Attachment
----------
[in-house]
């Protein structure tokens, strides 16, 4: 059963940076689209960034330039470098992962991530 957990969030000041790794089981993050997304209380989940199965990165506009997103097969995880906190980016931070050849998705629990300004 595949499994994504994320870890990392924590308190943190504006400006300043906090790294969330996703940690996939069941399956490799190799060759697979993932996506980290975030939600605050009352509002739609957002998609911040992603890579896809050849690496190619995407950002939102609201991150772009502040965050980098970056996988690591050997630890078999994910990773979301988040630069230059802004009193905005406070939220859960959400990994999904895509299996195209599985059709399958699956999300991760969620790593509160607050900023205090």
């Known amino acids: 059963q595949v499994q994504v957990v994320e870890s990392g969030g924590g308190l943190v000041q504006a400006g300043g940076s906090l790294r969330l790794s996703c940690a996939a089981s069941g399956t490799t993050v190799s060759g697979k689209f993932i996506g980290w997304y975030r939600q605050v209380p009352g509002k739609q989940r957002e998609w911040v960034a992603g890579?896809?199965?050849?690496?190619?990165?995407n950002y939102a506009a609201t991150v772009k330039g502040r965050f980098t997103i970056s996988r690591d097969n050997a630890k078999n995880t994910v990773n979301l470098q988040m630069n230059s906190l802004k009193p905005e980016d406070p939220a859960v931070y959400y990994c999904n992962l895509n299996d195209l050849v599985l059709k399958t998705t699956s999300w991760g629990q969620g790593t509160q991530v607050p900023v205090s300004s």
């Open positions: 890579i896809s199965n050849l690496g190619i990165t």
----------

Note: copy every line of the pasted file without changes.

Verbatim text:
[in-house]
């Protein structure tokens, strides 16, 4: 059963940076689209960034330039470098992962991530 957990969030000041790794089981993050997304209380989940199965990165506009997103097969995880906190980016931070050849998705629990300004 595949499994994504994320870890990392924590308190943190504006400006300043906090790294969330996703940690996939069941399956490799190799060759697979993932996506980290975030939600605050009352509002739609957002998609911040992603890579896809050849690496190619995407950002939102609201991150772009502040965050980098970056996988690591050997630890078999994910990773979301988040630069230059802004009193905005406070939220859960959400990994999904895509299996195209599985059709399958699956999300991760969620790593509160607050900023205090």
């Known amino acids: 059963q595949v499994q994504v957990v994320e870890s990392g969030g924590g308190l943190v000041q504006a400006g300043g940076s906090l790294r969330l790794s996703c940690a996939a089981s069941g399956t490799t993050v190799s060759g697979k689209f993932i996506g980290w997304y975030r939600q605050v209380p009352g509002k739609q989940r957002e998609w911040v960034a992603g890579?896809?199965?050849?690496?190619?990165?995407n950002y939102a506009a609201t991150v772009k330039g502040r965050f980098t997103i970056s996988r690591d097969n050997a630890k078999n995880t994910v990773n979301l470098q988040m630069n230059s906190l802004k009193p905005e980016d406070p939220a859960v931070y959400y990994c999904n992962l895509n299996d195209l050849v599985l059709k399958t998705t699956s999300w991760g629990q969620g790593t509160q991530v607050p900023v205090s300004s």
């Open positions: 890579i896809s199965n050849l690496g190619i990165t």